“When pastors lose faith in a Christian community in which they have been placed and begin to make accusations against it, they had better examine themselves first to see whether the underlying problem is not their own idealized image, which should be shattered by God.” Dietrich Bonhoeffer, Life Together, Fortress Press, 2015 (Reader’s Edition), page 12.
Continuing our reflection on this quote from the previous post in this series:
Bonhoeffer counsels that if pastors find that they have constructed an idealized image of the church which should be “shattered by God” that pastors ought to thank God for leading them into the situation. “But if they find that it is not true, let them nevertheless guard against ever becoming an accuser of those whom God has gathered together…let such pastors…make intercession for those charged to their care.” Yet, it is one thing to be an “accuser” and another thing to call God’s people to obey all that Jesus has commanded us (Matthew 28:20). Paul’s ongoing charge to Timothy included, “Preach the word. Be ready in season and out of season. Convince, rebuke, exhort, with all longsuffering and teaching,” (2 Timothy 4:2).
What might it look like if we view the reality of the church in Christ (the nature of the church) while at the same time working through our collective obedience in our life together? How might pastoral ministry hold this in tension? How might we as brothers and sisters think about this and live this?
While we see answers to these questions on page after page of Scripture, I will choose one passage for us to consider; 1 Corinthians 1:1 – 11 (NASB):
"Paul, called as an apostle of Jesus Christ by the will of God, and Sosthenes our brother,
To the church of God which is at Corinth, to those who have been sanctified in Christ Jesus, saints by calling, with all who in every place call on the name of our Lord Jesus Christ, their Lord and ours:
Grace to you and peace from God our Father and the Lord Jesus Christ.
I thank my God always concerning you for the grace of God which was given you in Christ Jesus, that in everything you were enriched in Him, in all speech and all knowledge, even as the testimony concerning Christ was confirmed in you, so that you are not lacking in any gift, awaiting eagerly the revelation of our Lord Jesus Christ, who will also confirm you to the end, blameless in the day of our Lord Jesus Christ. God is faithful, through whom you were called into fellowship with His Son, Jesus Christ our Lord.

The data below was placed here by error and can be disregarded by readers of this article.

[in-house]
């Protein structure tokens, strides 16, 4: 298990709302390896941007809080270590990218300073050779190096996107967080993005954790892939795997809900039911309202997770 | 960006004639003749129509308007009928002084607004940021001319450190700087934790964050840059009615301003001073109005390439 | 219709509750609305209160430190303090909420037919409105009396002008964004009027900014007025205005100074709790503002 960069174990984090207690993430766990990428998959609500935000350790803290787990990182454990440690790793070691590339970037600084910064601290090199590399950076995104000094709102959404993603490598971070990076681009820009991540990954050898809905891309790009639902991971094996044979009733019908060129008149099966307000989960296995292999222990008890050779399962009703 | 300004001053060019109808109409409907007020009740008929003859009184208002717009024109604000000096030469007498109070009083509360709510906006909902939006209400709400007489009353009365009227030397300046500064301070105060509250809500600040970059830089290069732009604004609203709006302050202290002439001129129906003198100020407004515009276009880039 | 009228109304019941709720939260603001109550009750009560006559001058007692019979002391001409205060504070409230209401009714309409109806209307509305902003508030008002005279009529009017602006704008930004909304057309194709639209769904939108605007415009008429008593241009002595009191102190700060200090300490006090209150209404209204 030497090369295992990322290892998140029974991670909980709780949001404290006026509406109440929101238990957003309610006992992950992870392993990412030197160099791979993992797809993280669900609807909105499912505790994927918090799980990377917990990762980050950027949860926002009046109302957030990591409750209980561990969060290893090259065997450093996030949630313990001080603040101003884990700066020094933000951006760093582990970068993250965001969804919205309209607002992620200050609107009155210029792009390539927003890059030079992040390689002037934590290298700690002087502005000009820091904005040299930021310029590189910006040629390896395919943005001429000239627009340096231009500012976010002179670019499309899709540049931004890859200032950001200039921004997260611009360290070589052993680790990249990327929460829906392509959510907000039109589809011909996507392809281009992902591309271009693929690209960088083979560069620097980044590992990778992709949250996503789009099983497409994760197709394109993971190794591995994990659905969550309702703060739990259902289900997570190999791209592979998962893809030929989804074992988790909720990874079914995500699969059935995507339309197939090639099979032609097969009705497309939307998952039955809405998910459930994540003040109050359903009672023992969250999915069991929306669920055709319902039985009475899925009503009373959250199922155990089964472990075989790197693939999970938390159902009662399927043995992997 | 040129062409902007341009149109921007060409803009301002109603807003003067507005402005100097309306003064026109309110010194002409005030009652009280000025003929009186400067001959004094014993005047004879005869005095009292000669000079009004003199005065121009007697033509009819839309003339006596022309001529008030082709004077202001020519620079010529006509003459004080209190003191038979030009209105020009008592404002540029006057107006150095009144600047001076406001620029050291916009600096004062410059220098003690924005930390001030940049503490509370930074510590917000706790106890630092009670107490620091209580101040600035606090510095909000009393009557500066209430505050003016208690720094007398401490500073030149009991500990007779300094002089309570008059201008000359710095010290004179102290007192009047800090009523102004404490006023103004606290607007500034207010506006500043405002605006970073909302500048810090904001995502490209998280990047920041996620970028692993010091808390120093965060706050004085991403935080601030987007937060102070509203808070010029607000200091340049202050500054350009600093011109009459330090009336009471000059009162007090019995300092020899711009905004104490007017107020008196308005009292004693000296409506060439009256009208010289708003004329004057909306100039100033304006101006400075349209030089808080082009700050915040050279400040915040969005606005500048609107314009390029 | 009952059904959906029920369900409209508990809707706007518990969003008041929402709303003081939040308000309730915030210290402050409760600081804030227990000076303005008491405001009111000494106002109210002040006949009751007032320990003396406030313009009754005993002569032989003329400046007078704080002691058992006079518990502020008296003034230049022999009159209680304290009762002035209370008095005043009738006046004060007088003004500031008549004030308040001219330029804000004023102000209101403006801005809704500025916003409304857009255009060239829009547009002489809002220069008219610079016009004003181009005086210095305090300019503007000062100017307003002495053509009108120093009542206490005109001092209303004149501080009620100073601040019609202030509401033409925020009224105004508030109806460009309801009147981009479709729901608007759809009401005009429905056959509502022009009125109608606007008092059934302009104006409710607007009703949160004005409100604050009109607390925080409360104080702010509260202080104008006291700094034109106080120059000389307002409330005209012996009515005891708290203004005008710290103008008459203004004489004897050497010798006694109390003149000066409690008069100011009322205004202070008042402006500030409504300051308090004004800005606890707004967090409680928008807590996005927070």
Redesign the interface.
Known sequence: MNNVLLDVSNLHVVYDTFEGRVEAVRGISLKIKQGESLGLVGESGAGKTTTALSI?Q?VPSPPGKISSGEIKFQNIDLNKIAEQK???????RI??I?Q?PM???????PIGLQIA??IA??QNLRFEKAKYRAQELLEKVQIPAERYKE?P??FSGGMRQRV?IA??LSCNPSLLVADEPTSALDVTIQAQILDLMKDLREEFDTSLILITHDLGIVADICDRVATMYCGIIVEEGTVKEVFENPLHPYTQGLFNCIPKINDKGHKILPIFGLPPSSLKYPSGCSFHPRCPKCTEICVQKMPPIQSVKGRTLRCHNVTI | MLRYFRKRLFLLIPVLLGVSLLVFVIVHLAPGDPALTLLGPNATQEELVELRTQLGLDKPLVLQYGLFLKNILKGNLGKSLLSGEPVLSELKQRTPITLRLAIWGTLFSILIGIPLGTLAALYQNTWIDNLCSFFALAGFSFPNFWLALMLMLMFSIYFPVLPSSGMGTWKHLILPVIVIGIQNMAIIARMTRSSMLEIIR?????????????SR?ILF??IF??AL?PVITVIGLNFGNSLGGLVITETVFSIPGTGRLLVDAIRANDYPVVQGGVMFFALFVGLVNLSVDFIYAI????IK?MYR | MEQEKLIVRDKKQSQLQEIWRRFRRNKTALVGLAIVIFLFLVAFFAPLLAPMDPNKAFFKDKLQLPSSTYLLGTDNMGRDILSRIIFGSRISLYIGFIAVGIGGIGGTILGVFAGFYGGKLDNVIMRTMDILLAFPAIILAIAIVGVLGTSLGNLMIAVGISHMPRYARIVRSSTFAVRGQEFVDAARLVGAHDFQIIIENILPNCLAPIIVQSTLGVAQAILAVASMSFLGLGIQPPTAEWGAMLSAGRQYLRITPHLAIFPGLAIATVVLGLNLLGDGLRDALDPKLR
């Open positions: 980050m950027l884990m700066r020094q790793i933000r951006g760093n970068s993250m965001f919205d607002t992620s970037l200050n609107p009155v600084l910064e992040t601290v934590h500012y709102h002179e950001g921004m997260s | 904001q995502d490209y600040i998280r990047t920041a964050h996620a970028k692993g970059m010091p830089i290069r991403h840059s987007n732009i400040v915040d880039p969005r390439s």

Now I exhort you, brethren, by the name of our Lord Jesus Christ, that you all agree and that there be no divisions among you, but that you be made complete in the same mind and in the same judgment. For I have been informed concerning you, my brethren, by Chloe’s people, that there are quarrels among you."
Paul’s first letter to the church in Corinth is an extensive corrective; there are problems on earth in the Corinthians' life together; there are not just problems, there is sin. Paul’s corrective letter is not a result of Paul’s mistaken ideal of the church, any more than the letter of Revelation, and the seven letters to individual churches contained in Revelation, was the result of Christ’s mistaken ideal of His church. A helpful question in life together is, “When I see a discrepancy in the church, am I seeing a discrepancy between our present life and my ideal of what this life should be, or is the discrepancy between the Word of God and life as we are living it?” I don’t know if we can always answer this question, but I think it is helpful if we ask it before the Lord Jesus and before our brothers and sisters. I think Paul could answer this question when he wrote the Corinthians, and we see in 1 Corinthians Chapter Seven that he distinguished between matters of righteousness and holiness, and domestic matters in which we have liberty; perhaps he had an ideal of what could be the best for many of his readers in their historical context – and so he wrote, “But to the rest I, not the Lord, say…”(7:12).
Paul begins this corrective letter by calling his readers saints, those who are sanctified, in everything they have been enriched in Christ, they are not lacking in any gift, and Christ will confirm them to the end blameless. It is only after Paul has affirmed and confirmed the reality of who the Corinthians are in Christ and who Christ is in the Corinthians that he begins his extensive corrective by addressing the divisions within the Corinthian church. First Paul confirms the reality of the church in Christ and the reality of Christ in the church; then he calls the church to submit to Christ and to the Word of Christ through the obedience of repentance.
The obedience of repentance is a recognition of who Jesus Christ is and an acknowledgment of who the church is in Jesus Christ – because the church is rooted in the heavens it must be a repenting church on earth, for repentance moves us in the direction of our heavenly roots. Repentance is (in part) us proclaiming, “Not this way of the world on earth that leads downward, but that Way in Christ which leads upward.”
We are not called to be conformed to our ideals of ekklesia and koinonia, but rather to Jesus Christ.